Lean, green and digital tour
The Y12 D&T students had a tour of the BMW Mini Plant in Oxford
Perhaps one of the most frustrating things about COVID, from a subject perspective, was the cancellation of all trips, as they can so often bring a topic to life. And there could be no better example of this than the recent Y12 trips to the BMW factory in Oxford where the Mini is now made [with so many students currently studying A Level Product Design, and the demand for slots, the trips had to be staggered over a couple of weeks].
Post-lockdown, BMW rebuilt their visitor centre and the new version of the tour, which started last autumn, proved to be hugely impressive. Lasting 100 minutes, there can't be many trips offering better value in terms of making some of the A Level manufacturing theory topics [such as just-in-time, flexible manufacturing systems and quality control] more engaging, exciting and understandable.
They have been building cars on the site, starting with the Morris brand, for over 100 years, although after BMW have invested more than a billion pounds over the last decade, it now looks and feels very much like a factory at the cutting-edge of manufacturing. This feeling is reinforced when you walk through the doors at the first stop: the 'body-in-white' building [named because at that stage all the components are yet to be painted and the protective galvanising makes them look 'white'], where we came face-to-face with few people but over 1200 robots. Seeing a car chassis being picked up as though it weighs nothing, twirled around in the air and then welded all in a matter of seconds - and all only a few metres away from where you are standing [albeit behind some hefty barriers] - makes it very hard not to be impressed!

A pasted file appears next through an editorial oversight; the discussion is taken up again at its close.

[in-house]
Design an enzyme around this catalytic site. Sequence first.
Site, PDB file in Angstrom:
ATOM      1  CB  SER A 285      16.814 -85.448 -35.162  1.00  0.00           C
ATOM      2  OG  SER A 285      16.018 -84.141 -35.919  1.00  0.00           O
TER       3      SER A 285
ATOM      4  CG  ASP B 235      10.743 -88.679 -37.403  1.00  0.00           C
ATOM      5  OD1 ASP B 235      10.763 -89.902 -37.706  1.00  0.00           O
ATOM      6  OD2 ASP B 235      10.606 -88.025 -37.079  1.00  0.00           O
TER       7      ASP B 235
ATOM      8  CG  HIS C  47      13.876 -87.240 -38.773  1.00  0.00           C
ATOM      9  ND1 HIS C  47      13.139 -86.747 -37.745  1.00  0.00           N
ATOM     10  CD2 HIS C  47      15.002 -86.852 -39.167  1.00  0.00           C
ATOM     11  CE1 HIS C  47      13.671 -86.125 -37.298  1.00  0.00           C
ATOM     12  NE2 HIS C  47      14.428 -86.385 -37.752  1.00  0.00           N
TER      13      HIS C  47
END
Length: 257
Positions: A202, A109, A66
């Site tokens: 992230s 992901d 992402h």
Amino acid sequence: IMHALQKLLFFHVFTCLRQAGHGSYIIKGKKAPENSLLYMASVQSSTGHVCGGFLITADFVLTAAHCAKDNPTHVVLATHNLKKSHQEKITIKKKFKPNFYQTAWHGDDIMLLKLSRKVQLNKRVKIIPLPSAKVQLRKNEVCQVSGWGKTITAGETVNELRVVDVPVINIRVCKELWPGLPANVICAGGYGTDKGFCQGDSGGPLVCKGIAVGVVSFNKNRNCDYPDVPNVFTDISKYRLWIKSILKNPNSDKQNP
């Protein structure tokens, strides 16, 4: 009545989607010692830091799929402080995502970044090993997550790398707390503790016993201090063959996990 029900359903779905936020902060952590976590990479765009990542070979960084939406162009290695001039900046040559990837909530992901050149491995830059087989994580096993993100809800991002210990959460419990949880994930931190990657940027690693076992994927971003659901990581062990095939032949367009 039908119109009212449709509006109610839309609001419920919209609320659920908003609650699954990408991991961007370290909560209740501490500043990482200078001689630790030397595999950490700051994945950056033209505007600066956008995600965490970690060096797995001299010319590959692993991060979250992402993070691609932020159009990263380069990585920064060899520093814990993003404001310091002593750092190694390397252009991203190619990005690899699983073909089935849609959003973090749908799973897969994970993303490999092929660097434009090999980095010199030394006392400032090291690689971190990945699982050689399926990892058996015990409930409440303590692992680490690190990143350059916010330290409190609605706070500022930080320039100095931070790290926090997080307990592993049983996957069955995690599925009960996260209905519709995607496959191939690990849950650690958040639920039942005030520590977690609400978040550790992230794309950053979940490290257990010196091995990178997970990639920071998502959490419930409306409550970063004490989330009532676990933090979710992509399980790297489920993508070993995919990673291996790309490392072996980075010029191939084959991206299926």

The second part of the trip takes you to the final assembly which is still very labour intensive. Although as every single car going through the factory, over a 1000 a day, is now made to order and is therefore fully bespoke [and will eventually be shipped all over the world], the range of parts that suddenly appear ready to be attached, descending from one of the two huge mezzanine floors above, is still amazing to see.
The only frustrating thing about the day? That would be the no-photo rule [everyone was required to hand over their mobile phones in advance - industrial espionage is apparently still very much a concern] meaning that there are no fascinating shots from the production line itself that would have been the basis for future lessons. Instead, we will have to rely on the great James May documentary that was filmed there a few years ago. Until next year of course, as the plan is for this trip to now become an established part of the Y12 D&T program.